In 2009 I had the chance to jump the pond and kick it down in New Zealand for a month during December and see a little Oceania kulture. I was visiting my girlfriend at the time and through family friends she linked up with a key player in the Burt Munro Challenge Rally. For those of you who don’t know Burt Munro, take the time to watch the World’s Fastest Indian as he was an influential Kiwi in the history of land speed records and racing, but I’ll give you a little background.
Burt lived pretty humbly at the southern tip of New Zealand in Invercargill. He was very passionate about land speed racing and was setting off to break a record in his ’20 Indian Scout 600cc (he increased it to 950cc for the 1000 and under class). He had a little shack of a shop where he handbuilt most parts on the bike, including casting his own pistons I’m told. Through some adversity he made it to Bonneville to win the hearts of many and break a record, reaching 200mph on the flats.
When I hit the tarmac in Christchurch, NZ we kicked it around town for a little while before packing up a haggard Nissan and splitting south. She was there for the rally the week before and when I landed we returned to stay with her host, Noel Atley, an incredibly talented machinist, fabricator and racer who at one point apprenticed under Burt in his youth. Noel also assisted from a mechanical perspective in the making of The World’s Fastest Indian by helping build the bike and make the magic happen… he was the only Kiwi to travel from NZ to the US during filming, along with Anthony Hopkins, whom it stars.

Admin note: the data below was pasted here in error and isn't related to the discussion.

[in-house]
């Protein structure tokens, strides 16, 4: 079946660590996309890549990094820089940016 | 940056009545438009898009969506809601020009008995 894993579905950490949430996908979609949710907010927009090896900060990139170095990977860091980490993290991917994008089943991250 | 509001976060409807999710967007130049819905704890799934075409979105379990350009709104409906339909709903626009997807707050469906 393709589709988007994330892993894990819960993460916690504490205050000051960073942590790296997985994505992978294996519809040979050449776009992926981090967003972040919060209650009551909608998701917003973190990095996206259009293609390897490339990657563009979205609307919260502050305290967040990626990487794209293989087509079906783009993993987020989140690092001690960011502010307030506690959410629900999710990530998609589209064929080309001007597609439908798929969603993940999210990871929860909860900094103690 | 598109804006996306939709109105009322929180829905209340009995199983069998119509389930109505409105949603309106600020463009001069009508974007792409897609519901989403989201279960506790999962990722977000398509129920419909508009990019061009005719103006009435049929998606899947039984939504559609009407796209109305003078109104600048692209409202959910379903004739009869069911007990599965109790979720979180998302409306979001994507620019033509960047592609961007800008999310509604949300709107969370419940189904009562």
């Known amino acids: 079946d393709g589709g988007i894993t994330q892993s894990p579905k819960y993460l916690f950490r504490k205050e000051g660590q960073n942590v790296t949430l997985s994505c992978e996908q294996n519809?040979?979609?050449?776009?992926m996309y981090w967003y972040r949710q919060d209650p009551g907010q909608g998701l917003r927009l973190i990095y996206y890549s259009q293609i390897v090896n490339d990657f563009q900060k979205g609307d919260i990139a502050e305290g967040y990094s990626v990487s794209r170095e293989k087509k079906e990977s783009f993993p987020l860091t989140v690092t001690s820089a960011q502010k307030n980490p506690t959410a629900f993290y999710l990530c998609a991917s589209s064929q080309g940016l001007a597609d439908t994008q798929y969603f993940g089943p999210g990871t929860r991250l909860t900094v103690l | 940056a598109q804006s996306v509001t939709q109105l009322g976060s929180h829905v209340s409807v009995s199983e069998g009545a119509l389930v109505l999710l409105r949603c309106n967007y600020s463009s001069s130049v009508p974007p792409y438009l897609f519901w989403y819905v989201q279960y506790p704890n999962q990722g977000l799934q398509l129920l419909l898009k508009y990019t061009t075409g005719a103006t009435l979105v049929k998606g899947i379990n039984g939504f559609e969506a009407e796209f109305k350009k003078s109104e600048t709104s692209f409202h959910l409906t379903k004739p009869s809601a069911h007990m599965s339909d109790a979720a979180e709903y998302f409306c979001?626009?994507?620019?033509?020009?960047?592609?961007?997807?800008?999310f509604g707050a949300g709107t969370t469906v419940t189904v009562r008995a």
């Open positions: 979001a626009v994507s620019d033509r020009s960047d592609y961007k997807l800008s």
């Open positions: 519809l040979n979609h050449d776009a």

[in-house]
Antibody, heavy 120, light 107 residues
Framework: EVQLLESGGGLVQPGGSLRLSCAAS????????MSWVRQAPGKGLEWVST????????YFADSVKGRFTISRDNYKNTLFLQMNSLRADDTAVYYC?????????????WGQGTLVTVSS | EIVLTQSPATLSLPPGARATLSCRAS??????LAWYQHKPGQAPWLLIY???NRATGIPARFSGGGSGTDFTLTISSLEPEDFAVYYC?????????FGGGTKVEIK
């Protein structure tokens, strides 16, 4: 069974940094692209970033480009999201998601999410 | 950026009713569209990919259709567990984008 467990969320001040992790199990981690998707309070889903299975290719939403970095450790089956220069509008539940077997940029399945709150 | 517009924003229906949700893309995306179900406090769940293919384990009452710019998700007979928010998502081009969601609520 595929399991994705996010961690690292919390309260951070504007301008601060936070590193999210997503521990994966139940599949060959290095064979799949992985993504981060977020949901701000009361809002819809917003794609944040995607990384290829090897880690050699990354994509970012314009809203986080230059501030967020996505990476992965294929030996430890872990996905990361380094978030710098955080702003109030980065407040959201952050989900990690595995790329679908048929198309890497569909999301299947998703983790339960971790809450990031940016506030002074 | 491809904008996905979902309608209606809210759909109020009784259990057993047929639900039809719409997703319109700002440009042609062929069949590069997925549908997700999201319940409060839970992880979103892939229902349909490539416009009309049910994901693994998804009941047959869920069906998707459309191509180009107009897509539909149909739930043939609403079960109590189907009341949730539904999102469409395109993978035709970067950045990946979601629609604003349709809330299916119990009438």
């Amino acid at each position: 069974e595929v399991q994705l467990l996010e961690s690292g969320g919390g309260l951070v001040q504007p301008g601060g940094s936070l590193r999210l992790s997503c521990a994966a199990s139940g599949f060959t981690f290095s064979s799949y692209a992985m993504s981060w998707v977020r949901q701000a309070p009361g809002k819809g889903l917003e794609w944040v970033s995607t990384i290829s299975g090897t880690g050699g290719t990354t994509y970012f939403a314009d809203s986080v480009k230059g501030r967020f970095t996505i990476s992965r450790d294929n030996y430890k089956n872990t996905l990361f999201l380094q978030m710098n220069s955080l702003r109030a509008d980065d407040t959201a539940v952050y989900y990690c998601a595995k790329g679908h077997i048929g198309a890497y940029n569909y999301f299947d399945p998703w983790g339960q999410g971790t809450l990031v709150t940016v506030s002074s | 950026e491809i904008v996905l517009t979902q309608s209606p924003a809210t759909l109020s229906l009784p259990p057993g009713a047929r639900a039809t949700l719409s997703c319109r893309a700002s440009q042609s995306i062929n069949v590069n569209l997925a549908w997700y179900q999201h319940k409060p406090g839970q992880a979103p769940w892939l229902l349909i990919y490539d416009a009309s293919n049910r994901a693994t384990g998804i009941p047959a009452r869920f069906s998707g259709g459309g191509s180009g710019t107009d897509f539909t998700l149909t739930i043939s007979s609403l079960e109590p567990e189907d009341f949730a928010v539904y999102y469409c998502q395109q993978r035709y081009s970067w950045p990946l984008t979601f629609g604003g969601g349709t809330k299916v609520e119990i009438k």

The rally would be a sight to behold with beach racing, hill climbing, bike shows and more of the likes, but it was humbling to just hang with the local legends who live for import racing and hear some stories about driving on the wrong side of the road. Noel was a great host and I had the chance to scoot around town and meet a wide range of builders, racers, drinkers and story tellers. It was definitely a highlight in my life-so-far.
What impressed me was their minimalistic approach to necessities and life… they by no means lived in a poor or excessively simple way, but they were very effective with the resources they had and patiently handcrafted things that seemed to matter more. It was homage to a lifestyle of fabrication that is slipping away; having the ability to solve almost any problem by hand and not requiring a CNC machine to do it. For example, Noel’s Jaguar, seen in the shop in the first photo, he built by hand over 10 years and it’s a gorgeous specimen.
Here are some photos of my time there…